NEW YORK (June 24, 2010) A team of researchers led by NewYork-Presbyterian Hospital/Columbia University Medical Center has developed a method to predict post-stroke recovery of language by measuring the initial severity of impairment. Being able to predict recovery has important implications for stroke survivors and their families, as they plan for short and long-term treatment needs. Findings are reported online in the journal Stroke.
"These results indicate that if we know the extent of the initial impairment following stroke, then we can predict with remarkable accuracy how patients will function 90 days later," said Ronald M. Lazar, Ph.D., professor of clinical neuropsychology in neurology and neurological surgery, Columbia University College of Physicians & Surgeons, and a neuropsychologist at NewYork-Presbyterian Hospital/Columbia University Medical Center. "We have established the first reliable metric of the current standard care for post-stroke language treatment, and a standard against which future treatments can be compared."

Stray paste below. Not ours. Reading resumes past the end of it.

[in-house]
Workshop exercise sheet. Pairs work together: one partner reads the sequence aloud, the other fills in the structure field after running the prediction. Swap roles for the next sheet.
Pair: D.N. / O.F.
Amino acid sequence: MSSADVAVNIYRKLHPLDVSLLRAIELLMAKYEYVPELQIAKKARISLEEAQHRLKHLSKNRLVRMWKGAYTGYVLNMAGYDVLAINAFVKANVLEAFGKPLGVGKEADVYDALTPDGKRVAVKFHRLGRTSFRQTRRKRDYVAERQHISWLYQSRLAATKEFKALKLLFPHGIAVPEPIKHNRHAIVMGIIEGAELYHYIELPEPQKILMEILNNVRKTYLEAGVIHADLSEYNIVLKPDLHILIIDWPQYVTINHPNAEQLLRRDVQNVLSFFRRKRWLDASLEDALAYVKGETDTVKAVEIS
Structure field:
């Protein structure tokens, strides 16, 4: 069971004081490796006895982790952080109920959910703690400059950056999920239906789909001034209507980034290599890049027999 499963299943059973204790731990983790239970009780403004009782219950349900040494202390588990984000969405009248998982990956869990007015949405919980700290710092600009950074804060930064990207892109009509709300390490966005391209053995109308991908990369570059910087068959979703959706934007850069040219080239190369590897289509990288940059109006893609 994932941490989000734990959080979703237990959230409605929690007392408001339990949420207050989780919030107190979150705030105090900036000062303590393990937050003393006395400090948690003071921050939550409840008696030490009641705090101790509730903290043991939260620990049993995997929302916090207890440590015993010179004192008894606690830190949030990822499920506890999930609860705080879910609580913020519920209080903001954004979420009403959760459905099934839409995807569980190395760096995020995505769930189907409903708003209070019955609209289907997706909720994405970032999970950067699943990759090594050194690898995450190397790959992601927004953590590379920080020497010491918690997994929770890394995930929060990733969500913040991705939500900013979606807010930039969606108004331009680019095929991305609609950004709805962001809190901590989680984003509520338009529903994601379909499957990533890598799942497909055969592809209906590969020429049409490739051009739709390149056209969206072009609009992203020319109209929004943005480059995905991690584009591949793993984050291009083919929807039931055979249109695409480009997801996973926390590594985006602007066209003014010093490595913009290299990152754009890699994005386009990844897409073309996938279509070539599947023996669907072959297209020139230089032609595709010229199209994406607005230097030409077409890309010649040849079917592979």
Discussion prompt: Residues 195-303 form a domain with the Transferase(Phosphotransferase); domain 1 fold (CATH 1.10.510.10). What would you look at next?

For many years, it was thought that the size of the stroke, patient age and education, and specific characteristics of the type of language deficit were together predictive of recovery but no reliable metric had been established.
Funded by the National Institutes of Health, the NewYork-Presbyterian Hospital/Columbia-led team used the Western Aphasia Battery (WAB) test to assess language function at 24 72 hours after stroke onset and then again at 90 days. They found that among patients with mild to moderate aphasia after acute stroke, recovery (defined as the change in WAB score between baseline and 90 days) improved to about 70 percent of their maximum potential recovery, as long as they received some aphasia therapy.
According to the National Institute of Neurological Disorders and Stroke, up to 25 percent of all stroke survivors experience language impairments involving the ability to speak, write, and understand spoken and written language. A stroke-induced injury to any of the brain's language-control centers can severely impair verbal communication. There are more than one million Americans with aphasia, which is a disorder of language that occurs after brain injury; stroke is the most common injury causing aphasia.
This study involved patients in the Performance and Recovery in Stroke (PARIS) database, which is based at the Neurological Institute of Columbia University Medical Center and NewYork-Presbyterian/Columbia.
|Contact: Elizabeth Streich|
Columbia University Medical Center